The musical universe is about as vast and ever-growing today as the actual cosmological universe. That is obvious just by looking at the seemingly unending number of acts across that span. There are about as many acts across the musical universe as there are stars in the sky. That being the case it is sometimes difficult to find those rare musical stars that shine in their own fashion. In the case of rapper Royce da 5’9” he is one of those stars that has been there all along yet has never gotten full recognition. However with his most recent album Layers there is a good chance that this otherwise overlooked emcee will finally get the recognition that he deserves and shine just as bright as the other stars in the musical universe if not brighter. That can be said in considering both the musical and lyrical makeup of the album’s seventeen song body beginning with the album’s opener ‘Tabernacle.’ That will be discussed later. ‘America’ is another one of the offerings included in this record that makes both Royce and his new album shine. That will be discussed later. ‘Pray,’ the album’s second song is one more example of what makes Royce shine so bright along with his new album. Each song shows in its own way what makes Royce such a star. Together with the rest of the album’s offerings they show not only what makes him a star but his album, too. They come together to make his new album one of 2016’s brightest new rap records.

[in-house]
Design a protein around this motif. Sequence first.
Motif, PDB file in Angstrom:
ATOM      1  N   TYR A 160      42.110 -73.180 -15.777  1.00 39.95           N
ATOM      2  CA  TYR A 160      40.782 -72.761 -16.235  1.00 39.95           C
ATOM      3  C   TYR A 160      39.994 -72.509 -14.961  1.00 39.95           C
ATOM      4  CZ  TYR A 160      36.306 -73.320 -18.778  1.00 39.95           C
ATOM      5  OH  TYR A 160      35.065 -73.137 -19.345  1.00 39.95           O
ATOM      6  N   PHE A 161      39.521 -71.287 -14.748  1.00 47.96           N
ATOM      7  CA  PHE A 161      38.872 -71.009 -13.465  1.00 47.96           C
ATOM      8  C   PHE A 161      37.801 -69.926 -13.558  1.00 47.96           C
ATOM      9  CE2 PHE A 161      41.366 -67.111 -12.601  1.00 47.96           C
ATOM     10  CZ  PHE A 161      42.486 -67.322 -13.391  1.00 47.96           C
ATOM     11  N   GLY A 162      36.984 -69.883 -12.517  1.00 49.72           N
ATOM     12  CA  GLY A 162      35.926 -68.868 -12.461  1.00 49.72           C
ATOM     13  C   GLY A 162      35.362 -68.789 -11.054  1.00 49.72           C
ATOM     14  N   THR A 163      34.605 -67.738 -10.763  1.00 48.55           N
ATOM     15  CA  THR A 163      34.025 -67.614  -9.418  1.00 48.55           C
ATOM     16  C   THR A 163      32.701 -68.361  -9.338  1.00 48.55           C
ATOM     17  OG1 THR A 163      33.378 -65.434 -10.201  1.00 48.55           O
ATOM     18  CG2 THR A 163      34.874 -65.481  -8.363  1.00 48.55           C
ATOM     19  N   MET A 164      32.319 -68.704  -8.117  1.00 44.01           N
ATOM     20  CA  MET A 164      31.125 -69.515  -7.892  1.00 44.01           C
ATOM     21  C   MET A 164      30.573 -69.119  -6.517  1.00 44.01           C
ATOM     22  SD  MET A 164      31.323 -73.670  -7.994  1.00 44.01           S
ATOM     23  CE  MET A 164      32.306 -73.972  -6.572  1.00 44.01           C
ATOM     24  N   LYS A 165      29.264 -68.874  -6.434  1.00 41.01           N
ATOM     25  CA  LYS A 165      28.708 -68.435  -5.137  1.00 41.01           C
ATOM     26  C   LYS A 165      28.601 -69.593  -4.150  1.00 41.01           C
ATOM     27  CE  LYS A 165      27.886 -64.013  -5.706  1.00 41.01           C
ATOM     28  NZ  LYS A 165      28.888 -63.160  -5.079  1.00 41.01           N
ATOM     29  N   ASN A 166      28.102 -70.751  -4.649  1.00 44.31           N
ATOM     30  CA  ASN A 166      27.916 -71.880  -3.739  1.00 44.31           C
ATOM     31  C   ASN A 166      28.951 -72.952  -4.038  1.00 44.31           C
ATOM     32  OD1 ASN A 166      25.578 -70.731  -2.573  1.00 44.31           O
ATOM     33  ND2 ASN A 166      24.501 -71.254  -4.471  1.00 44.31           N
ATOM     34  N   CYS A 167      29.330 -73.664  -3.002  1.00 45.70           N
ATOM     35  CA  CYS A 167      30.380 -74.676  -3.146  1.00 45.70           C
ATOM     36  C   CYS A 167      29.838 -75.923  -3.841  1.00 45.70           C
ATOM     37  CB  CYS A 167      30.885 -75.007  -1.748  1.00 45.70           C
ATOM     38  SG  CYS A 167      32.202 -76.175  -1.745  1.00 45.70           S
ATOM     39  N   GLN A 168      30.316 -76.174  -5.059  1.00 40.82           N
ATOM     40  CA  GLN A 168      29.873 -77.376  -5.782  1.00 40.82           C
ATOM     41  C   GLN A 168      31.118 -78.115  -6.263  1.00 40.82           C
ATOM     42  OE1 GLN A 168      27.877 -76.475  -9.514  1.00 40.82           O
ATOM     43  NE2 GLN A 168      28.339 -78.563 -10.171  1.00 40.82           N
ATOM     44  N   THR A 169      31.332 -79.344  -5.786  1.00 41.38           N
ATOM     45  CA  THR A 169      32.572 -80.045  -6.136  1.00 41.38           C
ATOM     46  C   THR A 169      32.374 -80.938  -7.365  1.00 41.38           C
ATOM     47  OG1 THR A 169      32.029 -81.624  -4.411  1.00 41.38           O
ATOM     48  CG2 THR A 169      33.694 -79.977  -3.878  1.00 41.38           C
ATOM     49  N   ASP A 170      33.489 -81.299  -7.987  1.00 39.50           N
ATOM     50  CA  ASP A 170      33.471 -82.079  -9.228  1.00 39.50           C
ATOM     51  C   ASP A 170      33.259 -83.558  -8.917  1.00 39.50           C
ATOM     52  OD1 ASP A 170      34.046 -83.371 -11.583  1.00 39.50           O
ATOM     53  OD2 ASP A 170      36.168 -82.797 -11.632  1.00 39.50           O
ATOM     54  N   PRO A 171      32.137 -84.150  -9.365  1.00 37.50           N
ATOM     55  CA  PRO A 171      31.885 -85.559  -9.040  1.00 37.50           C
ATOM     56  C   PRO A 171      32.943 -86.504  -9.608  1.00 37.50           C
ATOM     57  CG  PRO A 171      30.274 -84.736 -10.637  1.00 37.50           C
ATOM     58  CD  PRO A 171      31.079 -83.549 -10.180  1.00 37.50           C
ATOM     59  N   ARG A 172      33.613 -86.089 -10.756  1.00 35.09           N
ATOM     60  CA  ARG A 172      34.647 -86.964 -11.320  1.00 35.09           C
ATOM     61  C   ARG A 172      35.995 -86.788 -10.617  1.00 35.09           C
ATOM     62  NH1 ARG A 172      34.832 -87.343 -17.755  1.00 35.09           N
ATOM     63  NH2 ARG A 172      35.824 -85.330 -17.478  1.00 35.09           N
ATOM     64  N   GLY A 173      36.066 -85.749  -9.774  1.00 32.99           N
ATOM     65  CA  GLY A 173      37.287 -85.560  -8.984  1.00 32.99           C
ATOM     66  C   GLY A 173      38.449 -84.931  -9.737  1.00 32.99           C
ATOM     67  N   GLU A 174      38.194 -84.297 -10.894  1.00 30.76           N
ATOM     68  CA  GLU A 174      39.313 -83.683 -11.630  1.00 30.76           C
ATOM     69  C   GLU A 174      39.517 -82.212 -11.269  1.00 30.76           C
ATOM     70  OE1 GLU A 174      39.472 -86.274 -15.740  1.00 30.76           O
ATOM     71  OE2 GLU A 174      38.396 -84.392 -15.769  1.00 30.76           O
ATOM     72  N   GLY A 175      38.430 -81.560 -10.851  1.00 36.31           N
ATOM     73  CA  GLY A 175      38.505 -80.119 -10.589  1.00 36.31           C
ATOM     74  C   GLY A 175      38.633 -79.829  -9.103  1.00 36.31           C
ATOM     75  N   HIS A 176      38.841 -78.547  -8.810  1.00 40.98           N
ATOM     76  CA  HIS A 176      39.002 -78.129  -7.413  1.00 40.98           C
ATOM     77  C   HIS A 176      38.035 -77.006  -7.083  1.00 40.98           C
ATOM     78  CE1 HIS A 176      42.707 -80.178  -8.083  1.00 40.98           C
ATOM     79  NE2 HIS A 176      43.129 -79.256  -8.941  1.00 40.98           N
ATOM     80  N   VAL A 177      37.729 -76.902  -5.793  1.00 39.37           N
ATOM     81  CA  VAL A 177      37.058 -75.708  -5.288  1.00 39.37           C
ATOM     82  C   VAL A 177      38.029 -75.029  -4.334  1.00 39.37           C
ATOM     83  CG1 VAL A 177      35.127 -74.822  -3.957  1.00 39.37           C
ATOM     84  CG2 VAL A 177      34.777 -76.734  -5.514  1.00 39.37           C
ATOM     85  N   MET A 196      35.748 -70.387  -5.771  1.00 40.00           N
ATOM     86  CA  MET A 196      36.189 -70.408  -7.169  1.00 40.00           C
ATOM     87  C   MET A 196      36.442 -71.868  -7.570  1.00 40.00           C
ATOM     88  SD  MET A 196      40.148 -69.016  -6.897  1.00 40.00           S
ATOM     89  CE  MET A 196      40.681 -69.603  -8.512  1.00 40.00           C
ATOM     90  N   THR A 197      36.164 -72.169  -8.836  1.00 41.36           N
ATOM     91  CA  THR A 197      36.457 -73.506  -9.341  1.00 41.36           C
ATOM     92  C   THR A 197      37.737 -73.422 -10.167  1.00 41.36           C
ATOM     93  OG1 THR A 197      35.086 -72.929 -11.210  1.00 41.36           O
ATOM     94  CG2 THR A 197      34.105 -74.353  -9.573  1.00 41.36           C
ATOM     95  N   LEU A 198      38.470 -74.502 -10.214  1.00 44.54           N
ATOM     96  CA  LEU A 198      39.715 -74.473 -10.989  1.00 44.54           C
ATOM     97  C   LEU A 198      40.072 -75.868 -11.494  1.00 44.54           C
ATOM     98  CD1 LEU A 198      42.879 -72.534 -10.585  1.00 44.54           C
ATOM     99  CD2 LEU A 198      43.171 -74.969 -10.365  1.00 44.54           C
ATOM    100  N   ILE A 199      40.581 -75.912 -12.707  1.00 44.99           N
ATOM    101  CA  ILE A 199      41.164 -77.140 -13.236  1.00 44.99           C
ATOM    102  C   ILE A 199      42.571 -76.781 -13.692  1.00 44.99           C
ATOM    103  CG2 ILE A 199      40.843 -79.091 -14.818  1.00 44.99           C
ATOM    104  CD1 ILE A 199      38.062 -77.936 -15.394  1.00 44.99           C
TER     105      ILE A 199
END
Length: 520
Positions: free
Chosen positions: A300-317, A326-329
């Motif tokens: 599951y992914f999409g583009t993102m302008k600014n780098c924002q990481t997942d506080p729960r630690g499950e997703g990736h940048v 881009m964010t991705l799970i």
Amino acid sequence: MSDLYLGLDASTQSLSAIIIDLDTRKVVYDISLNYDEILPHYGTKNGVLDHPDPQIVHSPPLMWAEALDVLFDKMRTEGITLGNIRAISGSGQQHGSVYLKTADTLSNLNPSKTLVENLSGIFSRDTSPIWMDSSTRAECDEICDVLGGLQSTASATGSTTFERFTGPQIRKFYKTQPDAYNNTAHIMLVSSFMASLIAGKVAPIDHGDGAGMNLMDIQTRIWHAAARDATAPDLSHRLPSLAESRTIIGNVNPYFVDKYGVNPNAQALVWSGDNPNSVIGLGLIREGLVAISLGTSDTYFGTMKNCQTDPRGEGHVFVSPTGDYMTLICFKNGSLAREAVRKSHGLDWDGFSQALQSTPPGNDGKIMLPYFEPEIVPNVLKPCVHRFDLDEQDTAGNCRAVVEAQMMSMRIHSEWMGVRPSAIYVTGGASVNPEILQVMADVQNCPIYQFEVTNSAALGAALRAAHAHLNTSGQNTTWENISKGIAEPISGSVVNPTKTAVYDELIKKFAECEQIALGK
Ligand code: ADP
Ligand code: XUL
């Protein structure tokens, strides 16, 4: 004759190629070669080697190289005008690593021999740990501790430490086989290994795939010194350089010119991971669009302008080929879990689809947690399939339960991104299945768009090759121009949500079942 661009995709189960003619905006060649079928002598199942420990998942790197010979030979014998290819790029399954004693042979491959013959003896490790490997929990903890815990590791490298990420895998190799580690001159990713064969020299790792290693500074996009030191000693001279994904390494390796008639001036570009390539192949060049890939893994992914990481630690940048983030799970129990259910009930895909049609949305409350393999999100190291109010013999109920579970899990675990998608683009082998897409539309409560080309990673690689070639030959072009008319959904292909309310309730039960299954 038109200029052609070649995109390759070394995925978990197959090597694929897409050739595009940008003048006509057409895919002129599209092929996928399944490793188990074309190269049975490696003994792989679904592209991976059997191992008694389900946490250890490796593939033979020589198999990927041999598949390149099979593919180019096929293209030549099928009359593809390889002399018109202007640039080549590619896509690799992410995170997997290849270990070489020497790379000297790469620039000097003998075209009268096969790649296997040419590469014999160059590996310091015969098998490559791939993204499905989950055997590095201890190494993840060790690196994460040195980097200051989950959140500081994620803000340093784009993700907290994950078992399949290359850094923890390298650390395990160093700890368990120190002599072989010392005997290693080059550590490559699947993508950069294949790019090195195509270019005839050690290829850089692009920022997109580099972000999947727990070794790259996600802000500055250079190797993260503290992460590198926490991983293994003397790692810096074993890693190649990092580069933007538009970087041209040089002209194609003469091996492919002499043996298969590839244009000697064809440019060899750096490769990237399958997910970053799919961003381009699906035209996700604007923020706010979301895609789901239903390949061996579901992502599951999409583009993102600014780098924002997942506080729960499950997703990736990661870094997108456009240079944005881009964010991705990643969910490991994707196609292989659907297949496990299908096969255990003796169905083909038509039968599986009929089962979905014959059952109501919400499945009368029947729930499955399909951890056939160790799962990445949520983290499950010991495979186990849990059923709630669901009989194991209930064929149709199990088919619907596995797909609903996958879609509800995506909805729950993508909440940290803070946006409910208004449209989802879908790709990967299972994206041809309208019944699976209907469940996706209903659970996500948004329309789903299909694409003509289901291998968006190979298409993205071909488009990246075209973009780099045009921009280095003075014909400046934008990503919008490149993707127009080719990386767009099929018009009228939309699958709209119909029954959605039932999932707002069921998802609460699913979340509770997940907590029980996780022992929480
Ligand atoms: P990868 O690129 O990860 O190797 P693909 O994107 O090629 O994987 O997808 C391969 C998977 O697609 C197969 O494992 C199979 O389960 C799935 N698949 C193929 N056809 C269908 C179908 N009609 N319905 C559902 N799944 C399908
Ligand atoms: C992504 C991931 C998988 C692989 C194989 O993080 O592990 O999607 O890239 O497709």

Royce da 5’9 is a rap star who has for far too long been overlooked by both audiences and the industry alike. This is the case even considering his musical connections to the likes of Slaughterhouse and Eminem. However with his latest full-length studio recording Layers he is certain to shine just as bright as his counterparts in the musical universe. That is evidenced right off the top in the album’s opener ‘Tabernacle.’ The song’s musical arrangement is just one part of what makes the song stand out. It is set up just like a scene from a Sunday church service complete with piano and choir serving as the arrangement’s foundation. The balance of that foundation to Royce’s (a.k.a. Ryan Daniel Montgomery) own testimonial style delivery makes the picture painted by the song’s musical arrangement even richer. The depth is increased even more with the song’s powerful lyrical content. Montgomery discusses some very powerful situations in this song; situations that will completely engage audiences. The timing in his delivery makes them even more powerful and gripping. He writes here about the impact of having to face his grandmother’s death and the birth of his child all in the same day all while having to perform at a show just in one verse. The emotion in his voice as he delivers these lines he even notes directly in said verse, “I’m trying to figure out/Why the lord chose us/Or maybe chose me/to ride this emotional roller coaster.” In having to walk away from his grandmother’s hospital room to check on his girlfriend and child he expresses just as deeply how torn he is, writing, “I walk away feeling like a good father/The same time as a terrible son.” Even with so much strife he still comes out with some real deep knowledge and appreciation for that knowledge as he writes, “I learned a lot this day/I learned that the universe has this way of balancing itself out/For me to lose such a beautiful soul in my granny/And gain such a beautiful soul with my first-born son little Royce/It showed me that God is real/And you know what they say/God giveth and God taketh away.” Such clarity of mind even with so much that had happened through this story exhibits Montgomery as someone who in himself obviously has a number of layers. Those layers are exhibited just as much throughout the remainder of the album, too, including another of the album’s key songs ‘America.’